The History of Judo
The history of judo starts with Japanese ju-jitsu. Japanese ju-jitsu was practiced and continually improved upon by the Samurai. They utilized the throws and joint locks common within the art as a means to defend against attackers with armor and weapons.
But in mid-19th century activities like martial arts and ju-jitsu declined. In fact, during this time many ju-jitsu schools disappeared and some martial ideas and practices were lost.
This led the world to judo. Judo is primarily a throwing style of martial arts. One of the main characteristics that set it apart is the practice of using an adversary’s force against them. By definition, Kano’s art stresses defense.
Though strikes are sometimes a part of their forms, such maneuvers are not used in sport judo or randori (sparring). The standing phase when throws are employed is called tachi-waza. The ground phase of judo, where opponents are immobilized and the use of submission holds may be employed, is called ne-waza.
The basic goal of a judoka is to take an opponent down by using their energy against them. From there, a judo practitioner will either gain a superior position on the ground or subdue an aggressor by employing a submission hold.
Dr. Jigori Kano: The Inventor of Judo
Jigori Kano was born in Japan in 1860. As a child, Kano was small which led to his study of ju-jitsu at the age of 18.
While training, Kano started to formulate his own opinions regarding martial arts. This eventually led him to develop a martial arts style all his own. In principle, this style sought to utilize an opponent’s energy against them and eliminated some of the ju-jitsu techniques he deemed dangerous. By doing the latter, he hoped that the fighting style he was refining would eventually gain acceptance as a sport.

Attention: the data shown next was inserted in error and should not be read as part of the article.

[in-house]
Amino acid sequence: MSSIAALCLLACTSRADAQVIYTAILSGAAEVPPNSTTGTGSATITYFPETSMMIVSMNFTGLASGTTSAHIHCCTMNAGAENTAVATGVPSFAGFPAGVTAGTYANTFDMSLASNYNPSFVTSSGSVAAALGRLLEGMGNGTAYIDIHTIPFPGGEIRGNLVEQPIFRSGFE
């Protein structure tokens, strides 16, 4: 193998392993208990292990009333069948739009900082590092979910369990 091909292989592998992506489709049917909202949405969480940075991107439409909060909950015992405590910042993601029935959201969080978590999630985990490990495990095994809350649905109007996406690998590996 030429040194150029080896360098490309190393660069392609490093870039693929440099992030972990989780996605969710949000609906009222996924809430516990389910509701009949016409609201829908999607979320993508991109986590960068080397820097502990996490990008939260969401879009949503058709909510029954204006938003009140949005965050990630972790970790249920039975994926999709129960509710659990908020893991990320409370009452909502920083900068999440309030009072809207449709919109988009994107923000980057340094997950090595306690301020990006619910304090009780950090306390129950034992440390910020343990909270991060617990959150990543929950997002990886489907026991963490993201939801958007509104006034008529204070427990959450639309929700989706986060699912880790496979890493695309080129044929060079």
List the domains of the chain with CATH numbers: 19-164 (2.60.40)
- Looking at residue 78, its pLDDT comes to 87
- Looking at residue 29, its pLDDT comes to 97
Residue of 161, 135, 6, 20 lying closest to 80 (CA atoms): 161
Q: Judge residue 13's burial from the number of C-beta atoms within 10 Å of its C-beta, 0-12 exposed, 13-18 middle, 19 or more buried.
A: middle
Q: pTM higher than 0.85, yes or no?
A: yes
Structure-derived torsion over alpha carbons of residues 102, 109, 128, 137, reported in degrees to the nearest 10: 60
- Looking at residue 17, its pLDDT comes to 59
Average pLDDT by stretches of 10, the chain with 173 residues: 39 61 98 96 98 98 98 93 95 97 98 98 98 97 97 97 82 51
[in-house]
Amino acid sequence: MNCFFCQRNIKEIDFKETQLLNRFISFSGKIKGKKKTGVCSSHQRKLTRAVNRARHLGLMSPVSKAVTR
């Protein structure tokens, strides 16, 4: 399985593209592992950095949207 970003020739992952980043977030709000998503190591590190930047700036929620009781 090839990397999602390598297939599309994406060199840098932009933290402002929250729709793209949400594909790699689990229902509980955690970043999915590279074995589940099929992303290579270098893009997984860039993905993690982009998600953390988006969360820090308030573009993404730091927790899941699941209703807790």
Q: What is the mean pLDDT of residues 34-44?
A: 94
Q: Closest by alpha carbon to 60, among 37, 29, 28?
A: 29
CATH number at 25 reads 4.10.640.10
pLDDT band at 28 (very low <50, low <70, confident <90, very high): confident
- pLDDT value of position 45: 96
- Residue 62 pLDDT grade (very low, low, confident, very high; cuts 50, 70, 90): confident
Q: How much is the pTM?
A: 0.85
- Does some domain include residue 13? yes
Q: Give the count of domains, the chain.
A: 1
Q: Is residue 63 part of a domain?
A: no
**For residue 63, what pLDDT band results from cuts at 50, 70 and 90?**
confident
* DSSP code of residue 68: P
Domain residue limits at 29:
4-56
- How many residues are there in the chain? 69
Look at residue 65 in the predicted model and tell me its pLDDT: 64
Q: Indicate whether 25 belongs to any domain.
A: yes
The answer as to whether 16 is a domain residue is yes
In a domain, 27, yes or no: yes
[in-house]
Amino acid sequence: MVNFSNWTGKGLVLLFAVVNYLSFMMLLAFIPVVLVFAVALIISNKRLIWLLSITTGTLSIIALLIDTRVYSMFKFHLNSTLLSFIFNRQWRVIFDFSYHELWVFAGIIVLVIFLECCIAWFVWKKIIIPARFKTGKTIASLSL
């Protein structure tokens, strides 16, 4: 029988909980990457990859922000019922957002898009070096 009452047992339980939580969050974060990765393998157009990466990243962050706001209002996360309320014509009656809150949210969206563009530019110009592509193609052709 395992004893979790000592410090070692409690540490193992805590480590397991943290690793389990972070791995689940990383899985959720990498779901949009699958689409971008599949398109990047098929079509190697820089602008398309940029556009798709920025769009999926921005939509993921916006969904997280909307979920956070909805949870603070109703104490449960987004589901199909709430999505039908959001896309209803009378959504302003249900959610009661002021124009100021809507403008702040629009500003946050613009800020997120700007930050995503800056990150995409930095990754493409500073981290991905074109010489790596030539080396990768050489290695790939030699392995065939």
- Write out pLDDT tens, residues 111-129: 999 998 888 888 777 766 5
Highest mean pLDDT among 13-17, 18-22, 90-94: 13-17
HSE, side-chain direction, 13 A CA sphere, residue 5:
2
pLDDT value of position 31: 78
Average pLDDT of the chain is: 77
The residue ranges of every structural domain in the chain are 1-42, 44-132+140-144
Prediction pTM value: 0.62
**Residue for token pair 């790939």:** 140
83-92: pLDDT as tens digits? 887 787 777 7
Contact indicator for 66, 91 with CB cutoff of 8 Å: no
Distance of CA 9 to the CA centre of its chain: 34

At the age of 22, Kano’s art came to be known as Kodokan Judo. His ideas were perfect for the times he lived in. By changing martial arts in Japan so that they could be sports and teamwork friendly, society accepted judo.
Kano’s school, called the Kodokan, was established in Tokyo. In 1886, a contest was held in order to determine which superior, ju-jitsu was or judo, Kano’s students of judo won this competition easily.
In 1910 judo became a recognized sport; in 1911 it was adopted as a part of Japan’s educational system; and in 1964 in Tokyo it became an Olympic sport for Men, and subsequently 1992 in Barcelona for women.
With the intention of establishing a ju-jitsu school in England, Mr E W Barton Wright sponsored a visit in 1899 of a team of Japanese judo experts. Best known among them was Yukio Tani, who remained in England after his compatriots had returned home and in 1920 was formally appointed chief instructor to a new club for “the study of systems developed by the samurai” The Budokwai. Neither he nor the club’s founder Gunji Koizumi could have foreseen that they were creating an institution soon to become the most famous judo school outside Japan.
Tuition was given in judo, and other aspects of Japanese culture; Tani continued as instructor until retirement in 1937. Gunji Koizumi was to European judo what Kano was to world judo. He first came to Britain in 1906 and returned to open the Budokwai as a cultural centre and social club for the Japanese community in London. The official opening took place on 26 January 1918 and within 4 months the membership had grown to 44 including 2 Englishmen.
The Budokwai educated several generations of judo men at a time when genuine judo clubs were few and far between. For many years it was the only authoritative source of Kodokan judo in Europe. The link had been forged by Jigoro Kano during an extended visit to Britain in 1920
Koizumi’s vision for the growth of judo on an international basis began to materialize in 1948. On 24 July that year the British Judo Association (BJA) was established as the representative national body; four days later a meeting approved the constitution of a European Judo Union (EJU) to represent judo in the continent of Europe. Three years later the International Judo Federation (IJF) was created as an inter-continental body with overall control of judo.